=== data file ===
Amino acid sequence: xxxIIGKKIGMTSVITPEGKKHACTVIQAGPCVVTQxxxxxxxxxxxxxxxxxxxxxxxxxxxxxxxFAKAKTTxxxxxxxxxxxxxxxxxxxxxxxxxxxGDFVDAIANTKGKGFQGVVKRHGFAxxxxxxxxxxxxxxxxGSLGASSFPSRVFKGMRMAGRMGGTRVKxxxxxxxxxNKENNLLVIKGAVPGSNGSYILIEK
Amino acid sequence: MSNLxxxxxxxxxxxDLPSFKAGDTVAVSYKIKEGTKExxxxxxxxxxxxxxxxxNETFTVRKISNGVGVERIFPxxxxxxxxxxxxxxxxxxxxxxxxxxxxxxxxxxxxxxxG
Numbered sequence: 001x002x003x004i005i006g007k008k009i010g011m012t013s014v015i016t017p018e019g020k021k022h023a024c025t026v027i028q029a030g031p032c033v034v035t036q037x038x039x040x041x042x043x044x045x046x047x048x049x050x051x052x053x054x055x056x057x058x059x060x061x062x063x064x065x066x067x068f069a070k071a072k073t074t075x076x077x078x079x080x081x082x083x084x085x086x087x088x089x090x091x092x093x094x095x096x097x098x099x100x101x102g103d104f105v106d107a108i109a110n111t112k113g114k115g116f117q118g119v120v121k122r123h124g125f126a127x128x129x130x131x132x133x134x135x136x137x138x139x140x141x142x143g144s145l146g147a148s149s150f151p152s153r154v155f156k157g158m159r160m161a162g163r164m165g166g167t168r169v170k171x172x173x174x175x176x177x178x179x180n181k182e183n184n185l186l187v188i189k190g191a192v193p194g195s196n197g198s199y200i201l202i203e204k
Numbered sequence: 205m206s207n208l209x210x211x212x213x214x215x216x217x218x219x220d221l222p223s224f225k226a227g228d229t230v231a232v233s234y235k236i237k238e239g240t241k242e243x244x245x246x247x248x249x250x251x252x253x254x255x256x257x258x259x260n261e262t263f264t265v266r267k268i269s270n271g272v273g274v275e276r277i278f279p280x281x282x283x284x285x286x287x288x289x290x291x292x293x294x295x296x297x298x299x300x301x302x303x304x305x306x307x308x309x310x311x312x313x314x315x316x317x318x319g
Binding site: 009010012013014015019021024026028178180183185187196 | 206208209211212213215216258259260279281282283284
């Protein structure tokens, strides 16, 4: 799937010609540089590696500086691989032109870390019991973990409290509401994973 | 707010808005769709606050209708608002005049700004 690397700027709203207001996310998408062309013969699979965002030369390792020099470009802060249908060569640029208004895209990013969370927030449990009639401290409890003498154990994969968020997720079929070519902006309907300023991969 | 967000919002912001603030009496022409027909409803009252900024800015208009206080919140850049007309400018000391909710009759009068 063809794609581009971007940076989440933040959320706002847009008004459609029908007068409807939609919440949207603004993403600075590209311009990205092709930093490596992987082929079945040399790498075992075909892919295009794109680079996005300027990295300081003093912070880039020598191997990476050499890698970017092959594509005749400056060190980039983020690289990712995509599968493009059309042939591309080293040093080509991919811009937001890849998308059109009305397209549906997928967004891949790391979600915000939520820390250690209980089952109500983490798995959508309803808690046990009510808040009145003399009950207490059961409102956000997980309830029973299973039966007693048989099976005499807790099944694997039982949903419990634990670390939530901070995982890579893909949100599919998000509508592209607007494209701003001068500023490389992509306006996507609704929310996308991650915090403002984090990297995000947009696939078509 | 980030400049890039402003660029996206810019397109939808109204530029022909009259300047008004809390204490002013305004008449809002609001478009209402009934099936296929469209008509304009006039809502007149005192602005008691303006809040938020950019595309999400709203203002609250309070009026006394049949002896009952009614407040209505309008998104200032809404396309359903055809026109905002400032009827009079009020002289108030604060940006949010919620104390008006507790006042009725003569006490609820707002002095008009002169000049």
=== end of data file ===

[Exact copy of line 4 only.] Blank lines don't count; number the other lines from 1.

Numbered sequence: 205m206s207n208l209x210x211x212x213x214x215x216x217x218x219x220d221l222p223s224f225k226a227g228d229t230v231a232v233s234y235k236i237k238e239g240t241k242e243x244x245x246x247x248x249x250x251x252x253x254x255x256x257x258x259x260n261e262t263f264t265v266r267k268i269s270n271g272v273g274v275e276r277i278f279p280x281x282x283x284x285x286x287x288x289x290x291x292x293x294x295x296x297x298x299x300x301x302x303x304x305x306x307x308x309x310x311x312x313x314x315x316x317x318x319g